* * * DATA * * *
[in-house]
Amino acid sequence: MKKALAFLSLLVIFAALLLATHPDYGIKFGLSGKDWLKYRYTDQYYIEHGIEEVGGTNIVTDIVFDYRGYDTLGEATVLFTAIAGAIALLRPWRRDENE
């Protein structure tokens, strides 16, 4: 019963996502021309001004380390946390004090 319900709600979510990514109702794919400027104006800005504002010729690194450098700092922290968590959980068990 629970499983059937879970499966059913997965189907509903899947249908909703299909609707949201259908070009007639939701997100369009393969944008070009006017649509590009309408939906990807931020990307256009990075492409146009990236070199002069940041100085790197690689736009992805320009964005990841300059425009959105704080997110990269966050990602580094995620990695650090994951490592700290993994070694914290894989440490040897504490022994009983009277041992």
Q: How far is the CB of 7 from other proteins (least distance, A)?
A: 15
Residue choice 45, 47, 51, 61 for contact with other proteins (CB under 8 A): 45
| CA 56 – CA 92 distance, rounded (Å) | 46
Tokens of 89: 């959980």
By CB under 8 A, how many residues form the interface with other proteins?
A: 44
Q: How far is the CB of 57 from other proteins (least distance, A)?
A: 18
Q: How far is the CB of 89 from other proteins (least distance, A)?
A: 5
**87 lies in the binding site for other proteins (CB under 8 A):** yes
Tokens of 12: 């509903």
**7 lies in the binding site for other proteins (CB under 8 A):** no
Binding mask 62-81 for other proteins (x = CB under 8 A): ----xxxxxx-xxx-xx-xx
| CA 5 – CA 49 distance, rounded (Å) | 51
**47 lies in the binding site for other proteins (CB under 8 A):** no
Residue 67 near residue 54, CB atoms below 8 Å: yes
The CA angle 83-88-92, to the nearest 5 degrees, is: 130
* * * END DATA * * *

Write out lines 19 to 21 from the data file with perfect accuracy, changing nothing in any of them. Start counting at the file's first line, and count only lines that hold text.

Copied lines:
| CA 5 – CA 49 distance, rounded (Å) | 51
**47 lies in the binding site for other proteins (CB under 8 A):** no
Residue 67 near residue 54, CB atoms below 8 Å: yes